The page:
May 1, 2012; Philadelphia, PA, USA; New Jersey Devils center Travis Zajac (19) celebrates his goal against the Philadelphia Flyers during the third period of game two of the 2012 Eastern Conference semifinals at the Wells Fargo Center. The Devils defeated the Flyers 4-1, to tie the series at 1-1. Mandatory Credit: Eric Hartline-US PRESSWIRE
It was the perfect time for the Devils to collapse. Already down 1-0 in the series and without superstar Ilya Kovalchuk, they fell down 1-0 early in Game 2. But something happened, as New Jersey dug deep and put together a huge effort in the face of adversity.
For much of the regular season and playoffs, the Philadelphia Flyers have shown the hockey world they have character and are oblivious to having the odds stacked against them. After losing a countless number of roster players at various times of the year, Philly has staged incomprehensible comebacks after being counted out early in the contest.
Tuesday night at the Wells Fargo Center, it was the New Jersey Devils who showed the Flyers a thing or two about adversity and coming back.
After losing Sunday's Game 1 in overtime and learning hours before Tuesday's Game 2 that Ilya Kovalchuk wouldn't be available due to a "lower-body injury," the visitors seemed destined to head back to the Garden State trailing the series 2-0.
Going up against the top offensive club remaining in the postseason, things got off to a bad start for Martin Brodeur and company. Matt Read put a bad angle shot past the goaltender on a second effort, and the 1-0 lead seemed to spur on the home team.
With New Jersey missing its leading scorer, it was ripe for the picking. As the Flyers buzzed the Devils' cage, Danny Briere ripped a shot over Brodeur's left shoulder and off the crossbar. Eric Wellwood and the Philadelphia fourth line were pinning New Jersey deep in its own end with a furious forecheck. Philly was about to take a firm grasp on holding its home-ice advantage in the first two games.
But something changed on the way to an 0-2 series deficit for New Jersey, as it cranked up its effort and began to dominate territorial play.
After outshooting the Flyers by a 13-9 count in the first, the Devils suffocated Philadelphia in the middle frame. New Jersey took the first 12 shots of the second, and the Flyers weren't even able to muster a shot on goal until Claude Giroux put the puck on Brodeur with just 1:27 remaining in the stanza.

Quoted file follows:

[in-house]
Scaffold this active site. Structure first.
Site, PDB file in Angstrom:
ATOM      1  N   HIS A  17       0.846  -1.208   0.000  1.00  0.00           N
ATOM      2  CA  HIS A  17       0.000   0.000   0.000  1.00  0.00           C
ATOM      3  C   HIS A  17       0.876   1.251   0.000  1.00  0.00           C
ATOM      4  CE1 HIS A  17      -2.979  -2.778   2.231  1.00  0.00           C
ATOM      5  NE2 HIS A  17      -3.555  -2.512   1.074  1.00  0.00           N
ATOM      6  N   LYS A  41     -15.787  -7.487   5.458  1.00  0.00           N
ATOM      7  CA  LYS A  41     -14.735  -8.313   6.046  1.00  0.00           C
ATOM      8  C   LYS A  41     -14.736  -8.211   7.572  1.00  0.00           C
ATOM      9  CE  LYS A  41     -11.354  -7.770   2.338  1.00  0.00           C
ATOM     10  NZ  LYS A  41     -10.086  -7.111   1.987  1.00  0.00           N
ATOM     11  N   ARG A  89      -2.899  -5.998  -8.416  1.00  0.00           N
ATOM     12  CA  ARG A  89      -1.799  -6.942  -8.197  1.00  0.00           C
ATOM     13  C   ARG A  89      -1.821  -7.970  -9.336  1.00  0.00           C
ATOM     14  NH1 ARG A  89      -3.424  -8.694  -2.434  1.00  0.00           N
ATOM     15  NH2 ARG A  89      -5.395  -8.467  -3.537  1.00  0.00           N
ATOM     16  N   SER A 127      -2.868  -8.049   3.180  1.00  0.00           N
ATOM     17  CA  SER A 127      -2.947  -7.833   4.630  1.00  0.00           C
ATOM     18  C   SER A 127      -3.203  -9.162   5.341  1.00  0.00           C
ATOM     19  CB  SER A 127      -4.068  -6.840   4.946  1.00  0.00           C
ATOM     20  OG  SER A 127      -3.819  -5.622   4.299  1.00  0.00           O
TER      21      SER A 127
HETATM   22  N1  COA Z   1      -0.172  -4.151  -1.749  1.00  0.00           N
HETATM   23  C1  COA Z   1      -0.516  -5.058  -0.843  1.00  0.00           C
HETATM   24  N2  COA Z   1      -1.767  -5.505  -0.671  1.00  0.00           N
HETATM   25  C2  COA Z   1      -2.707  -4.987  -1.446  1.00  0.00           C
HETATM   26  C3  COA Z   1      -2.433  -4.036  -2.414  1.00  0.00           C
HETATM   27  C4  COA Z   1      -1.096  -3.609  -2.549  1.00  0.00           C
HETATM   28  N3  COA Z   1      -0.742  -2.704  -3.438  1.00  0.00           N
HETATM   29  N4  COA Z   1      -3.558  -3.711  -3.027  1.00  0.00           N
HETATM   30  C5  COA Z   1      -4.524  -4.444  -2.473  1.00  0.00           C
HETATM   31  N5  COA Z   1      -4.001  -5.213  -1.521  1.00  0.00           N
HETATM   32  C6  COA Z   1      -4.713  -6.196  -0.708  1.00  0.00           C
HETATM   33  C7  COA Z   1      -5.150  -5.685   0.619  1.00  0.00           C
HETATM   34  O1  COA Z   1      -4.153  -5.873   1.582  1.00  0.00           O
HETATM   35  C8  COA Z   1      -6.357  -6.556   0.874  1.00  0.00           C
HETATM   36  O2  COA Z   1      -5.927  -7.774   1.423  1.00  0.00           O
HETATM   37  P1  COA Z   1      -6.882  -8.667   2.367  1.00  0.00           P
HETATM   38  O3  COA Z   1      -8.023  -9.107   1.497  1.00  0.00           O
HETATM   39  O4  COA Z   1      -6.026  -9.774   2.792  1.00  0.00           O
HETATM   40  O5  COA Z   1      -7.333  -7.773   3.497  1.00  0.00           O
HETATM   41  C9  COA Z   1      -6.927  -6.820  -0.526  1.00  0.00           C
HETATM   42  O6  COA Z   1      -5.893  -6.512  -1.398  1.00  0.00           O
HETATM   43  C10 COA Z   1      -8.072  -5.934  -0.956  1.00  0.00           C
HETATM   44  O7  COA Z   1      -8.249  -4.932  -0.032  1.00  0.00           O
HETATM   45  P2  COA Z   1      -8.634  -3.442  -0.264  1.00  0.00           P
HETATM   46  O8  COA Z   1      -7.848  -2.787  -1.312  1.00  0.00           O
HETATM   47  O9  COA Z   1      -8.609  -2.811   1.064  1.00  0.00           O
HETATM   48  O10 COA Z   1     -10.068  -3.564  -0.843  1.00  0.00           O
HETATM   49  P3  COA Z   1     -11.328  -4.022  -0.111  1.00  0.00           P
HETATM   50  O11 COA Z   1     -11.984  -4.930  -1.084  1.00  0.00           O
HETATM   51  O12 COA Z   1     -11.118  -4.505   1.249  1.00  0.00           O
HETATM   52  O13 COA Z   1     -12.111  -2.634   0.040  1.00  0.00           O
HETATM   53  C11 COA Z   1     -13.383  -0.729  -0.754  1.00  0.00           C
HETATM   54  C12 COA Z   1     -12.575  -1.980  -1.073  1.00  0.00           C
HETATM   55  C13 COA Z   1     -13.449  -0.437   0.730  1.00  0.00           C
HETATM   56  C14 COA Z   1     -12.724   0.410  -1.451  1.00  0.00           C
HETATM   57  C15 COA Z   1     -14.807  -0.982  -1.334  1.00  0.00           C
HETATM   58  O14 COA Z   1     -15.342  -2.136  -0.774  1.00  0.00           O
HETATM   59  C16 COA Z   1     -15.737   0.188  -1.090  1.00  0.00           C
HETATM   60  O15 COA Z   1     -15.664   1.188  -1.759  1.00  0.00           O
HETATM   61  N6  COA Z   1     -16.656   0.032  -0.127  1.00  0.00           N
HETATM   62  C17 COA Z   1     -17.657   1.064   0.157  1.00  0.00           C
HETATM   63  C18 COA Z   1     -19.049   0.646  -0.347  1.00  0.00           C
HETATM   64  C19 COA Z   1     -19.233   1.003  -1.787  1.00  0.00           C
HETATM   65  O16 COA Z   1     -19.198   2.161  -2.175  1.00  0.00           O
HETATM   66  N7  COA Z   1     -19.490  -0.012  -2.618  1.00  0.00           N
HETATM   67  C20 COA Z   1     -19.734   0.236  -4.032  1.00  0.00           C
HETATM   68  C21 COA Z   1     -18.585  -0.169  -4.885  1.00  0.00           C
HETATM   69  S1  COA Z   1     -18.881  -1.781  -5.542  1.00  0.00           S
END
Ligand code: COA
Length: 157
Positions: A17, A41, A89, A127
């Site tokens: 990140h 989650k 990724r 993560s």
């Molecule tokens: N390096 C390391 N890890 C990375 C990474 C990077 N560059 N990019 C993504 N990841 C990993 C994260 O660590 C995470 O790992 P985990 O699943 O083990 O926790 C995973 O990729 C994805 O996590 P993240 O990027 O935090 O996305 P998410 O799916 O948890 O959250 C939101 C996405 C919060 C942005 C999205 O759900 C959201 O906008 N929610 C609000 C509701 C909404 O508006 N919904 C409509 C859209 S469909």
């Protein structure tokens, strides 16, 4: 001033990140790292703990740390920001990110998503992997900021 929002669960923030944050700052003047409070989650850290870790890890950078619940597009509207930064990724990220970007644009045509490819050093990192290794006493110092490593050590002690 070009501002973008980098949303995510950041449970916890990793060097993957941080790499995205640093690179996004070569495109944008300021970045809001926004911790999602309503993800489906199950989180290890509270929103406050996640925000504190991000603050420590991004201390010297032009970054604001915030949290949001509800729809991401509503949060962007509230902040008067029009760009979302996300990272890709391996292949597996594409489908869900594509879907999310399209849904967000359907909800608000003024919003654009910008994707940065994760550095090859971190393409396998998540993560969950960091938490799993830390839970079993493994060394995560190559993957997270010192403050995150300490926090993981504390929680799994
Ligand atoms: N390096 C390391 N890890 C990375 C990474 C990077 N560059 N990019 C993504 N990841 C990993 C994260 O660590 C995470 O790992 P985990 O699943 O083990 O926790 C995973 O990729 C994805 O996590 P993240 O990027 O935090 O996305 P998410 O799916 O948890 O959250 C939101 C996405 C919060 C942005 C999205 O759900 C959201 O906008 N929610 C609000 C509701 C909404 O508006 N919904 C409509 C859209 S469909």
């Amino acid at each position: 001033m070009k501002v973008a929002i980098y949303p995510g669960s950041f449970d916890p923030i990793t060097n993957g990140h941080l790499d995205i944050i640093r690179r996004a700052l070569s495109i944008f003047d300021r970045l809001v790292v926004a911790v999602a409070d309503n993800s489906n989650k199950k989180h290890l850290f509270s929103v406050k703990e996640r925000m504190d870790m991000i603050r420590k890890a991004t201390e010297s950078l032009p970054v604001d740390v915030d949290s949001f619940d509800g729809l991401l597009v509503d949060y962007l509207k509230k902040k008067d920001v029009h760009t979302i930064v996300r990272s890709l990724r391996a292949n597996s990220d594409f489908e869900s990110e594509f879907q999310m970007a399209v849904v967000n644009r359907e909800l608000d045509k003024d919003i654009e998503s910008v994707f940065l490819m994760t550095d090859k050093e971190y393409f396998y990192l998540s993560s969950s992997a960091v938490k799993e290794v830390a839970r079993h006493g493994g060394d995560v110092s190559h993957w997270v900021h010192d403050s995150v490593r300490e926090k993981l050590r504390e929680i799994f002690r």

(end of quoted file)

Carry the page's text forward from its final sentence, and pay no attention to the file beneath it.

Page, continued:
As a matter of fact, if it were not for Ilya Bryzgalov standing on his head for most of the session, the Flyers could well have been trailing heading into the third period instead of carrying a very tentative 1-0 lead.
It was the team that has historically been unspectacular offensively that just would not be denied in the end, even without Kovalchuk to lead the way back. The Devils kept chipping away, and it was only a matter of time before they broke through Bryzgalov's wall in front of the Philly cage.
Ironically, it was Adam Larsson, seeing his first playoff action because of Kovalchuk's absence after being a healthy scratch for New Jersey's first eight games of the second season, who would provide the blow that would spring a leak in the Flyers' dike. The rookie defenseman blew a shot up and over Bryzgalov's glove-hand side just more than three minutes into the final frame to tie the score, and the Devils kept pressuring.
The eventual game-winner came off the stick of David Clarkson on a rebound of Zach Parise's shot that was poke-checked away by Bryzgalov with less than nine minutes remaining in regulation, and the floodgates were opened.
Parise added another tally less than three minutes later, and blue liner Bryce Salvador closed out the scoring with a skipping, hopping shorthander from his own end that had a huge amount of english on it with Bryzgalov pulled for an extra attacker to seal the deal.
It was an inspired effort from a New Jersey team that overcame adversity and deserved the victory, outshooting Philadelphia, 35-20. The four Devils' goals in the third period sent a bold message to the Flyers that they won't go away quietly, and proved they can pull off a comeback triumph of their own.
Head coach Peter DeBoer wasn't surprised at all by his team's effort and resiliency. "I think we know the hole we're in if we lose tonight," stated the coach. "I think our backs are against the wall obviously with (Kovalchuk) out. I'm not surprised that we responded the way we did."
"I think that's what teams that are successful do," said Clarkson of the effort without the injured Kovalchuk. "When they have guys out, they find a way to come from behind or for young guys to step up. I think we did a great job. Obviously, we miss him (Kovalchuk). He's one of the best players in the world, but I thought we did some good things tonight."
New Jersey did do some very good things, tying up the series at 1-1 heading back to Newark, having wrestled home ice away from the Flyers.